To assist and incentivize customers to make sure products they receive are genuine, you can include unique identifiers on products that are hard to replicate, like QR codes. You may also consider only offering warranties for products sold by authorized dealers. So, if a customer calls for a replacement or repair, you can verify that the product is under warranty. Additionally, you will have the option of taking action against unauthorized dealers falsely advertising that products sold by them are under warranty. 

Your employees and affiliates can be great assets when it comes to social media. Educating and providing them with tools on how to use social media, and the risks that arise on social media, can help protect you and your customers. It can also be beneficial to create well-meaning materials and information that customers can access to learn how to protect themselves from scams and infringing products found on social media. Your materials can include a list of authorized dealers or ways to tell if a product is genuine (but be careful not to create a road map for counterfeiters).

Finally, creating a strong presence on social media will make it more likely that a customer finds your genuine content and products. If a search on social media ends in your account, a customer may never be exposed to the fakes and scams.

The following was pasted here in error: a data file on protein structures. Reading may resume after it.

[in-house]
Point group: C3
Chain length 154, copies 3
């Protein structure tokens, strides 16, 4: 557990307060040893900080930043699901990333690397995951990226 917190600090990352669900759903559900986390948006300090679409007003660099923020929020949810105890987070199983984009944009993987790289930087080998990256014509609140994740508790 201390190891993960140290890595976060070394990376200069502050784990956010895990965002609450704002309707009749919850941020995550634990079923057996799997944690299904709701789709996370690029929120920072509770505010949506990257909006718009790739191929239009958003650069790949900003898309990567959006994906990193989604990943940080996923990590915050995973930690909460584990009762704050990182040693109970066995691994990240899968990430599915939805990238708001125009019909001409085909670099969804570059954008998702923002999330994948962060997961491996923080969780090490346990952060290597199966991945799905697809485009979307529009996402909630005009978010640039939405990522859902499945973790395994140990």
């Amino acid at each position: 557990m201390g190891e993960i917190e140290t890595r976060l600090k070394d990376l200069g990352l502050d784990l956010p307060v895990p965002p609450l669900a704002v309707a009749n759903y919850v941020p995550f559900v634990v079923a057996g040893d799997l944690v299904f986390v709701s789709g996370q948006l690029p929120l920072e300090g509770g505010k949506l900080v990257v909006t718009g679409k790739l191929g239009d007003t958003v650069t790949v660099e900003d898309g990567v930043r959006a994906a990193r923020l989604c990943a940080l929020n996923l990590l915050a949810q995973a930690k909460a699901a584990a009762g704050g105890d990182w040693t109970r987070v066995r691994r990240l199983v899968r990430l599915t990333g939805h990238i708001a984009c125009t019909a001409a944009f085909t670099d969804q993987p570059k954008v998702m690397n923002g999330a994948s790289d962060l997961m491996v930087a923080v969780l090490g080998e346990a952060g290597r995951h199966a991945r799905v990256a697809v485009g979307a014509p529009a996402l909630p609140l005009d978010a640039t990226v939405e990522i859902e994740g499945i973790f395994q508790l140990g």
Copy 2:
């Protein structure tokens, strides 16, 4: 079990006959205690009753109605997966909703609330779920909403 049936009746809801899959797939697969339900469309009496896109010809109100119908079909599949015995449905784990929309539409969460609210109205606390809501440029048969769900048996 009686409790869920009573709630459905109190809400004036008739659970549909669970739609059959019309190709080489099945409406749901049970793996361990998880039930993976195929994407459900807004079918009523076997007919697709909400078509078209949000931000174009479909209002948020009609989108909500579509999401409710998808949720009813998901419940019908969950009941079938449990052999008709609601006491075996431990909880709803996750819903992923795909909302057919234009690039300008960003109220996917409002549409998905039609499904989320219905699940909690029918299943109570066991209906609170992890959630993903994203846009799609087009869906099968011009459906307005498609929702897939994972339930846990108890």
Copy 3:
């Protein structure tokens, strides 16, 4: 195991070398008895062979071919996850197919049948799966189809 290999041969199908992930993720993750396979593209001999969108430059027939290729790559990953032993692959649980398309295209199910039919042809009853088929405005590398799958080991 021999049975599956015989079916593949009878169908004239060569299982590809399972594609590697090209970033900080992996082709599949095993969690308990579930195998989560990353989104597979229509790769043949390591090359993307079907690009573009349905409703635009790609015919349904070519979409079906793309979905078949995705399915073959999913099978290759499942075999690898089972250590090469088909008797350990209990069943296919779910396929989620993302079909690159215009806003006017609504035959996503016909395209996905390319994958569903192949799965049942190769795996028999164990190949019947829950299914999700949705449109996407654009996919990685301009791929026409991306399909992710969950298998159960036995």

There are both cost-sensitive actions, including filing takedown complaints with individual websites, Digital Millennium Copyright Act (DMCA) complaints, and demand letters; and expensive actions, including district court lawsuits and International Trade Commission (ITC) proceedings, available to protect your brand and customers on social media.

Filing takedown complaints with individual websites should be a routine practice. It is a quick and easy way to remove the clearly infringing and harmful content. But if the rights being violated are unregistered or unclear, or the infringement or harm is more nuanced, a takedown complaint may not be successful. Further, takedown complaints can feel like a “whack-a-mole” game. As soon as one scam or infringer is taken down, another one pops up. In these cases, more aggressive action may be necessary. 


Social media, like everything on the Internet, is constantly evolving. It is important to reevaluate your risks often and continue to plan, preempt, and take action to protect your goodwill and customers.